The sticker price of this West Coast school may look unaffordable at first glance, but the average need-based aid brings the cost to a more manageable $22,527 for students who qualify. Half of the students receive need-based financial aid, and 100% of their need is met.
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Location: Wellesley, Mass.
Average debt at graduation: $12,956
Kiplinger’s combined rank: #29 (#17 among liberal arts colleges)
Undergraduate enrollment: 2,323
Total annual cost: $62,140
Average need-based aid: $39,988
Students who borrow: 52%
A private liberal arts college for women, Wellesley College offers 56 departmental and interdepartmental majors, and more than 70% of students participate in an internship while at the school. Its average debt at graduation among students who borrow dropped this year from $14,030 to $12,956, moving it into fifth place on this list. After need-based aid, the average net cost for students who qualify is $22,152, about one-third of the sticker price. Wellesley claims that it has a lasting impact—called the Wellesley Effect—on the women it educates and that those women, in turn, have an impact on the world.
SEE ALSO: SLIDE SHOW: 10 Best Values in Public Colleges, 2016
bmackenty via Wikimedia Commons
Average debt at graduation: $13,000
Kiplinger’s combined rank: #173 (#82 among public colleges)
Undergraduate enrollment: 16,879
Total annual out-of-state cost: $32,771 ($22,301 in-state)
Average need-based aid: $6,547
Students who borrow: 71%
Hunter is the largest college in the City University of New York and also one of the oldest public colleges in the country. Founded in 1870, the college has a diverse student body. Students can choose from over 100 fields of study, ranging from anthropology to women's studies to Arabic.
More than half of the students receive need-based aid, lowering the out-of-state cost for students who qualify from $32,771 to $26,224, on average. While almost three-quarters of students take out loans, the average debt at graduation is about half of the national average of $25,500 among public school borrowers.
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Location: Provo, Utah
Average debt at graduation: $14,021
Kiplinger's combined rank: #62 (#21 among private universities)
Undergraduate enrollment: 27,163
Total annual cost: $18,622 for non-Mormons ($13,472 for Mormons)
Average need-based aid: $4,897
Students who borrow: 26%
Founded and supported by the Church of Jesus Christ of Latter-Day Saints, BYU is the only private university in our rankings with a sticker price of less than $20,000 ($13,472 for Mormons). The already-low average debt at graduation among students who borrow has dropped almost $2,000 since last year. Brigham Young is known for its commitment to Mormon values, including service. It has another claim to fame: one of the biggest school emblems in the country (a 380-foot-high "Y" created with lime, rocks and sand, on the mountain overlooking campus).
SEE ALSO: SLIDE SHOW: 10 Best College Majors for a Lucrative Career
Daderot via Wikimedia Commons
Location: Williamstown, Mass.
Average debt at graduation: $14,170
Kiplinger's combined rank: #13 (#6 among liberal arts colleges)
Undergraduate enrollment: 2,045
Total annual cost: $64,090
Average need-based aid: $43,689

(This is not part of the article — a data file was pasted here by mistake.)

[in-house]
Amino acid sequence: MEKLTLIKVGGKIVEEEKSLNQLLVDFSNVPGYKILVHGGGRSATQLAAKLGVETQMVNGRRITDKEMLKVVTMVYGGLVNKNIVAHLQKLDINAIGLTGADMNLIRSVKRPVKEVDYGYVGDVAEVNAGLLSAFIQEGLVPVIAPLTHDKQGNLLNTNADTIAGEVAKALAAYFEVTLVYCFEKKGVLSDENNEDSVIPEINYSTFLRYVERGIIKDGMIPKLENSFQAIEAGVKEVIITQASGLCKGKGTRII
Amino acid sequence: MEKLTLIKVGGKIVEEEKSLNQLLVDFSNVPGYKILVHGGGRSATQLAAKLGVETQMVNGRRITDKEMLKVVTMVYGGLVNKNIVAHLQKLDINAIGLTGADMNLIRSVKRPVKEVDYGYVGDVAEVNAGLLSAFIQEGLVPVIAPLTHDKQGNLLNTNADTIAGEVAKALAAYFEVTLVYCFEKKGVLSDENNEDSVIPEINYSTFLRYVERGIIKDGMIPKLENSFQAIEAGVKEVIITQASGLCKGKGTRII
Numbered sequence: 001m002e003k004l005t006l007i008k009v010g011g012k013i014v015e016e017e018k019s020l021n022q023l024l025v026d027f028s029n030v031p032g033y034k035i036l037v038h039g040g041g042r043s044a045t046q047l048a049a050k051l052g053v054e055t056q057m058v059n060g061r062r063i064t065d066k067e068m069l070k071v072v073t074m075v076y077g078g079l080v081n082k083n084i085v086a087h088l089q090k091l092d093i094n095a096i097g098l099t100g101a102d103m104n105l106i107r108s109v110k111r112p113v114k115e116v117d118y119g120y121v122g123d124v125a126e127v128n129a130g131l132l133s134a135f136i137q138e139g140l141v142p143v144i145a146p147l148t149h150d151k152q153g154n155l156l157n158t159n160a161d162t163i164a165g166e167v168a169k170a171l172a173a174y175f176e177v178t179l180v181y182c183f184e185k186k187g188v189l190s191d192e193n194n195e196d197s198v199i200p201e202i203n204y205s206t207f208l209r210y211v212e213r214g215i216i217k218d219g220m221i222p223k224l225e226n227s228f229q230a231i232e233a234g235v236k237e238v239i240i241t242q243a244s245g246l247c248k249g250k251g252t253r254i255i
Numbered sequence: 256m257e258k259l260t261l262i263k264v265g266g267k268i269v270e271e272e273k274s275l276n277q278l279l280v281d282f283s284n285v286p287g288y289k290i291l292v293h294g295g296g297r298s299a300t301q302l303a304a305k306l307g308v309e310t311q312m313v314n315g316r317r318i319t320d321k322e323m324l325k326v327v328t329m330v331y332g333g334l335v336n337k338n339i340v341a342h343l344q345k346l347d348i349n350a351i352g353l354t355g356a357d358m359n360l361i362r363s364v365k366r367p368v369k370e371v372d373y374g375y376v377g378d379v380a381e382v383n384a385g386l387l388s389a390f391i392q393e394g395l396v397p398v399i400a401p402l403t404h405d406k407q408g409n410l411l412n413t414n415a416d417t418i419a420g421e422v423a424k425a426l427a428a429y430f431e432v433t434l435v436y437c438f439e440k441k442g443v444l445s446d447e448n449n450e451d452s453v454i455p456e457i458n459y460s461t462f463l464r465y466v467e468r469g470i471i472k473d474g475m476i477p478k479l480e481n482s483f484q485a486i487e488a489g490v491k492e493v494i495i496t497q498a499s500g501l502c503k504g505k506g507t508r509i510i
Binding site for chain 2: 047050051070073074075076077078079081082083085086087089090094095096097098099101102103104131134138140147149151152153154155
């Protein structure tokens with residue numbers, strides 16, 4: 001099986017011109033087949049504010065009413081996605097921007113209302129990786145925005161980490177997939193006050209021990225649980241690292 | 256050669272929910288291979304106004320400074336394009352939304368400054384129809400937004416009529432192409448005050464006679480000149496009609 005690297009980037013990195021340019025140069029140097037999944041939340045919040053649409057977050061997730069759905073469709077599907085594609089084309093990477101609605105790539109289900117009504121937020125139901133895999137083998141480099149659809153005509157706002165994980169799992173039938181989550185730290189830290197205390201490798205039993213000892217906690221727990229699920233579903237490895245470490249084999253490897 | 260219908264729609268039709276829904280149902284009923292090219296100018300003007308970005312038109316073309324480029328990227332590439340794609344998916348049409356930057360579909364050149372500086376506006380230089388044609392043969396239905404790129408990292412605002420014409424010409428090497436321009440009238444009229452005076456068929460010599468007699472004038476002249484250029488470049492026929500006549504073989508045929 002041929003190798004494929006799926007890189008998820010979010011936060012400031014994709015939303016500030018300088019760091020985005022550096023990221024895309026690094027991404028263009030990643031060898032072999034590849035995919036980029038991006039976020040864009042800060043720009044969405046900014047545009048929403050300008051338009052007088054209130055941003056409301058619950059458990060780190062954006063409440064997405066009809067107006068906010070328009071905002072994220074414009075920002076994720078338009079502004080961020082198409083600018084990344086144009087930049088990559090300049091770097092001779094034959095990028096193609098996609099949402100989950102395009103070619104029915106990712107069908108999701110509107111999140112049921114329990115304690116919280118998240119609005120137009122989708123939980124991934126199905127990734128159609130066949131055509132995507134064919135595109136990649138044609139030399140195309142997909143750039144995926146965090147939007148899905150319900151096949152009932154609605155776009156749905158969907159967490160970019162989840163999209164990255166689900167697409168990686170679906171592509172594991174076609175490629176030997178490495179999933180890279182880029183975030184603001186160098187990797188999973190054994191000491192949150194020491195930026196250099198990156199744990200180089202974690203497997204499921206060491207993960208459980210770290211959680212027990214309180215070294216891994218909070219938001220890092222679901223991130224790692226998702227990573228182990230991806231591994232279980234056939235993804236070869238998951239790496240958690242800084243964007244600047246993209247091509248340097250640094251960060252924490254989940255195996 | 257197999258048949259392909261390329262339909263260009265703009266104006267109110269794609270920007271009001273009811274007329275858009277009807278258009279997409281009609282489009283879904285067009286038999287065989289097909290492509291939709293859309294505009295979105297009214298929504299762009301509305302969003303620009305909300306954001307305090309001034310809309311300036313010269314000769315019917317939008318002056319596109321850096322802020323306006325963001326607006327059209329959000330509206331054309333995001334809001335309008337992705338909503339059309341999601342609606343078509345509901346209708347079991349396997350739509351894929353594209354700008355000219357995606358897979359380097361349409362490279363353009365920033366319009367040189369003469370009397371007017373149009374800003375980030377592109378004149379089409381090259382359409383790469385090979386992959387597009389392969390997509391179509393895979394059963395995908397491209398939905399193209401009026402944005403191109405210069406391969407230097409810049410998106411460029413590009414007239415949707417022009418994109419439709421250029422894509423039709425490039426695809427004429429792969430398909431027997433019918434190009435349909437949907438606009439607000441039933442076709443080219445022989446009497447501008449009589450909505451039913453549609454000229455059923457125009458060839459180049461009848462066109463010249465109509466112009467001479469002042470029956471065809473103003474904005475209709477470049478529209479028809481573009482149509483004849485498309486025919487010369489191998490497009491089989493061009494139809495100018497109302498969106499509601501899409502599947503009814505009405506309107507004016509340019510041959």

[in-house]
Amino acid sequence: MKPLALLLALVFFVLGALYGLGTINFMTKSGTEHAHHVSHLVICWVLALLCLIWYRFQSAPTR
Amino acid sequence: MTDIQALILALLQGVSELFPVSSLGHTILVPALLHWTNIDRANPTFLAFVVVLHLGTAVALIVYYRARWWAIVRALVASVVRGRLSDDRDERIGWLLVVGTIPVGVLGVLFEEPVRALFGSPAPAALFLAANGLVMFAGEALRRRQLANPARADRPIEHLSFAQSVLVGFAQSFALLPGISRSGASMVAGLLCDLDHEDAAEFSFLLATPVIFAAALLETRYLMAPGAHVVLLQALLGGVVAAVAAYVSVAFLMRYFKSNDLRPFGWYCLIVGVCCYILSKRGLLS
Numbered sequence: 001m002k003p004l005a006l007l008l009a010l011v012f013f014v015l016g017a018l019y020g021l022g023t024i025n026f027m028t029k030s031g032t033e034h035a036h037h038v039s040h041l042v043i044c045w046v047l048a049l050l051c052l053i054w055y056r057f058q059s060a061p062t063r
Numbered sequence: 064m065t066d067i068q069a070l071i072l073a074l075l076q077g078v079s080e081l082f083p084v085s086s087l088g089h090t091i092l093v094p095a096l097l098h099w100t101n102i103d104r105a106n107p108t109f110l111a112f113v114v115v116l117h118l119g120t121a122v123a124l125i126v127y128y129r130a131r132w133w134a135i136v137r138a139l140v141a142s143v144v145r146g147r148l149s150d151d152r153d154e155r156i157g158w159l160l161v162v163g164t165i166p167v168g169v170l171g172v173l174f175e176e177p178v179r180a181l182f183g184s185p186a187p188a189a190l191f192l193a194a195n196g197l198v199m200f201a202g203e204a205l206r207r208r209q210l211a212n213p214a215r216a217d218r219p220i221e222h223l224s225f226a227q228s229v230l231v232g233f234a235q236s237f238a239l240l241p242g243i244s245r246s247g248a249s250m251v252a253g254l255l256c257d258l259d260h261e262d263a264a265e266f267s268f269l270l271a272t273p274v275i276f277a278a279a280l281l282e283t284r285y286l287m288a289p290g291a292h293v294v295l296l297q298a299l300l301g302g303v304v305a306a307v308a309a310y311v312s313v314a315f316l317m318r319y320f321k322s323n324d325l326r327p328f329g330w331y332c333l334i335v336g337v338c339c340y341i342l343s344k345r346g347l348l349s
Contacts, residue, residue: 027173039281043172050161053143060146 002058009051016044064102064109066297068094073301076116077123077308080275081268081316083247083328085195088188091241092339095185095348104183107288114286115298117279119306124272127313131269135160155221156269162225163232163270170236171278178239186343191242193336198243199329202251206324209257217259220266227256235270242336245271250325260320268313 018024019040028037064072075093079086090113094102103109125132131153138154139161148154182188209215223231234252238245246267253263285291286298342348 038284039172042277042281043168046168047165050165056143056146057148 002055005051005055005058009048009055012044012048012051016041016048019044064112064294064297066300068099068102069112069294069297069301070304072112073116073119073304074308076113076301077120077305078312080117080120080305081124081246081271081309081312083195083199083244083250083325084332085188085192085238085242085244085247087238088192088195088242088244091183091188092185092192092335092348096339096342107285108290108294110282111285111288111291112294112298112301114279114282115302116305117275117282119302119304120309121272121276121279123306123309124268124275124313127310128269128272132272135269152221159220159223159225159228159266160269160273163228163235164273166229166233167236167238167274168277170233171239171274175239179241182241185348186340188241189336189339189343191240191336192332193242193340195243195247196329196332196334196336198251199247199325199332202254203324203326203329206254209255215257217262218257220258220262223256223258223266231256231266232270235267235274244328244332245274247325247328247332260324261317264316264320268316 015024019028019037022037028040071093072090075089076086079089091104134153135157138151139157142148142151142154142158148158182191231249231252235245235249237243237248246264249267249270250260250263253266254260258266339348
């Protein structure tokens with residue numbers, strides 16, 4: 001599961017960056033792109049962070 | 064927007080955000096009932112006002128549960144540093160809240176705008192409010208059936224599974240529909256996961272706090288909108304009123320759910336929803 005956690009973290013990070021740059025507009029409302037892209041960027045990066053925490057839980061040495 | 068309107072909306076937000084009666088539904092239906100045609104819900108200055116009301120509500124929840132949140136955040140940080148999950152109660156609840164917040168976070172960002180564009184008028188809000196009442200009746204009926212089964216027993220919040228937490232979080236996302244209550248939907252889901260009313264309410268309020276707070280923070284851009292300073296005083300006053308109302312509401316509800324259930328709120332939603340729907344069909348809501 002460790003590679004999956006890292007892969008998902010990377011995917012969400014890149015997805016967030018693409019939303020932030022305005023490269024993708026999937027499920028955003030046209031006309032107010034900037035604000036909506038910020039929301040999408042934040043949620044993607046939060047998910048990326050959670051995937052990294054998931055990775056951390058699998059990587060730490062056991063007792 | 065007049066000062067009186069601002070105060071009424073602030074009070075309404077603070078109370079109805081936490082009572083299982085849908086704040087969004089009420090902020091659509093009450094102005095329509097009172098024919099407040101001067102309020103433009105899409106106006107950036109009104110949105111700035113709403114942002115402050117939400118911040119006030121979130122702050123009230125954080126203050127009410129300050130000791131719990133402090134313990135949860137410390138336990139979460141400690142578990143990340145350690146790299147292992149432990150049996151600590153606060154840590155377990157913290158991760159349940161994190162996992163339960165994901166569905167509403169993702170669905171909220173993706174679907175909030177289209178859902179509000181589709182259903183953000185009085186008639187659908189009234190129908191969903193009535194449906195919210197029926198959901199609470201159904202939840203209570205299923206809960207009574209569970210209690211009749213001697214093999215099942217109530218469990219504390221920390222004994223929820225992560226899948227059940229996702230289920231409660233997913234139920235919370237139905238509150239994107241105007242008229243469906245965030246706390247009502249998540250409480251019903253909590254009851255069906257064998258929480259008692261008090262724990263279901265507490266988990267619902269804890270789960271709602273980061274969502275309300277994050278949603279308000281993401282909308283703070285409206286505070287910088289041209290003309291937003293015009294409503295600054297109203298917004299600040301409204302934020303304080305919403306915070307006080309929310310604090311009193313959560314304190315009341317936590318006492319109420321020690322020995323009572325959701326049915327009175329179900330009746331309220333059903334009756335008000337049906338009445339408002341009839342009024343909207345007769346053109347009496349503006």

Students who borrow: 35%
This four-year liberal arts college, located three hours from Boston, Mass., continues to make a strong showing in our rankings for its academic quality (including a 98% freshman retention rate and an 89% four-year graduation rate) and generous financial aid. Williams, which accepts about 20% of applicants, follows a need-blind admission policy for domestic students: A family's financial situation does not play a role in determining admission. Once on campus, students can choose from 36 majors in the humanities, natural sciences and social sciences.
Daderot via Wikimedia
Location: Amherst, Mass.
Average debt at graduation: $14,490
Kiplinger's combined rank: #20 (#11 among liberal arts colleges)
Undergraduate enrollment: 1,792
Total annual cost: $64,772
Average need-based aid: $47,243
Students who borrow: 31%
Another liberal arts college on our list that follows a need-blind policy, Amherst also applies that policy to international students. Located in a quaint college town, Amherst is a highly selective college, with a 14% acceptance rate. Students can choose from 38 majors in the arts, humanities and social sciences. Its average debt at graduation for students who borrow dropped almost $1,000 this year over last. The average need-based aid brings the net price for students who qualify to $17,529.
SEE ALSO: SLIDE SHOW: 10 Worst College Majors for Your Career
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Location: New Haven, Conn.
Average debt at graduation: $14,853
Kiplinger's combined rank: #9 (#5 among private universities)
Undergraduate enrollment: 5,477
Total annual cost: $63,250
Average need-based aid: $45,710
Students who borrow: 16%
One of the top academic institutions in the world, Yale is the alma mater of three U.S. presidents (as undergraduates) and myriad other notables. It has a highly selective admission rate of 6%, and almost 80% of its incoming freshmen scored 700 or higher in the critical-reading and math parts of the SAT. With a stated intent to "attract the most promising students from all economic backgrounds to Yale," this university meets 100% of financial need for students who qualify and follows a no-loan policy in allocating financial aid.